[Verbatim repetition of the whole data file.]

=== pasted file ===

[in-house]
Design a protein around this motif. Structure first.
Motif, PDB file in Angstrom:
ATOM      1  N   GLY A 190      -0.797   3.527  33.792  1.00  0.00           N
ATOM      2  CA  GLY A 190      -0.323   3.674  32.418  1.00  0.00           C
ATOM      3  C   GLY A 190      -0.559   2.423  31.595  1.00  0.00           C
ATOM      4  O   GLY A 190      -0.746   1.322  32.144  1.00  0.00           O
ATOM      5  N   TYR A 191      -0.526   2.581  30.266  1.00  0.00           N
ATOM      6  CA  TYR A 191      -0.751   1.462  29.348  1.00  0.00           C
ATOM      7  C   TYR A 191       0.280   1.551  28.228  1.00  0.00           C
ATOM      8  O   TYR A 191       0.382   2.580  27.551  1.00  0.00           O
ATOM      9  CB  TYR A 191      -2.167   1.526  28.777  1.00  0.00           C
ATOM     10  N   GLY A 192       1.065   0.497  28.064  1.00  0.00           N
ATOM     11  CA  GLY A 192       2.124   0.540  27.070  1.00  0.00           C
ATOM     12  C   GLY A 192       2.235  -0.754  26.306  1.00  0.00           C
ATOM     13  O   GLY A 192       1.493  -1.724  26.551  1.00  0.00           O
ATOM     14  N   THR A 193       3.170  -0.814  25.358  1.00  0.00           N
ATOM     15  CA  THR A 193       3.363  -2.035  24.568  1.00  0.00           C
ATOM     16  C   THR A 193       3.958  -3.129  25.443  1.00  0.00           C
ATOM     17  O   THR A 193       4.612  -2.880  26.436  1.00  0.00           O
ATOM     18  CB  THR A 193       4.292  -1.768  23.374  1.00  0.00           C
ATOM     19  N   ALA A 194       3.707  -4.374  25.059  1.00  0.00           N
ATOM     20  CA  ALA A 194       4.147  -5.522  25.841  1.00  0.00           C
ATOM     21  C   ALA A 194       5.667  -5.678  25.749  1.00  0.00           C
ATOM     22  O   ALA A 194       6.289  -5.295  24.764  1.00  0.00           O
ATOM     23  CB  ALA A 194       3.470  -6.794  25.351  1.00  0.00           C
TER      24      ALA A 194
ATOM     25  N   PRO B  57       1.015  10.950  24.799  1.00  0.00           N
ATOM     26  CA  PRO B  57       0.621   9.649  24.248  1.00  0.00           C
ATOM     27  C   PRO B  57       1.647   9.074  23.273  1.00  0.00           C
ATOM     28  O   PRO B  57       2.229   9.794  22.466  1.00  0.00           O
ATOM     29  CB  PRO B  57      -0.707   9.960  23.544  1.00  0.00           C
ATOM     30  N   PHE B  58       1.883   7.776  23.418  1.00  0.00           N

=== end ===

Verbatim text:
[in-house]
Design a protein around this motif. Structure first.
Motif, PDB file in Angstrom:
ATOM      1  N   GLY A 190      -0.797   3.527  33.792  1.00  0.00           N
ATOM      2  CA  GLY A 190      -0.323   3.674  32.418  1.00  0.00           C
ATOM      3  C   GLY A 190      -0.559   2.423  31.595  1.00  0.00           C
ATOM      4  O   GLY A 190      -0.746   1.322  32.144  1.00  0.00           O
ATOM      5  N   TYR A 191      -0.526   2.581  30.266  1.00  0.00           N
ATOM      6  CA  TYR A 191      -0.751   1.462  29.348  1.00  0.00           C
ATOM      7  C   TYR A 191       0.280   1.551  28.228  1.00  0.00           C
ATOM      8  O   TYR A 191       0.382   2.580  27.551  1.00  0.00           O
ATOM      9  CB  TYR A 191      -2.167   1.526  28.777  1.00  0.00           C
ATOM     10  N   GLY A 192       1.065   0.497  28.064  1.00  0.00           N
ATOM     11  CA  GLY A 192       2.124   0.540  27.070  1.00  0.00           C
ATOM     12  C   GLY A 192       2.235  -0.754  26.306  1.00  0.00           C
ATOM     13  O   GLY A 192       1.493  -1.724  26.551  1.00  0.00           O
ATOM     14  N   THR A 193       3.170  -0.814  25.358  1.00  0.00           N
ATOM     15  CA  THR A 193       3.363  -2.035  24.568  1.00  0.00           C
ATOM     16  C   THR A 193       3.958  -3.129  25.443  1.00  0.00           C
ATOM     17  O   THR A 193       4.612  -2.880  26.436  1.00  0.00           O
ATOM     18  CB  THR A 193       4.292  -1.768  23.374  1.00  0.00           C
ATOM     19  N   ALA A 194       3.707  -4.374  25.059  1.00  0.00           N
ATOM     20  CA  ALA A 194       4.147  -5.522  25.841  1.00  0.00           C
ATOM     21  C   ALA A 194       5.667  -5.678  25.749  1.00  0.00           C
ATOM     22  O   ALA A 194       6.289  -5.295  24.764  1.00  0.00           O
ATOM     23  CB  ALA A 194       3.470  -6.794  25.351  1.00  0.00           C
TER      24      ALA A 194
ATOM     25  N   PRO B  57       1.015  10.950  24.799  1.00  0.00           N
ATOM     26  CA  PRO B  57       0.621   9.649  24.248  1.00  0.00           C
ATOM     27  C   PRO B  57       1.647   9.074  23.273  1.00  0.00           C
ATOM     28  O   PRO B  57       2.229   9.794  22.466  1.00  0.00           O
ATOM     29  CB  PRO B  57      -0.707   9.960  23.544  1.00  0.00           C
ATOM     30  N   PHE B  58       1.883   7.776  23.418  1.00  0.00           N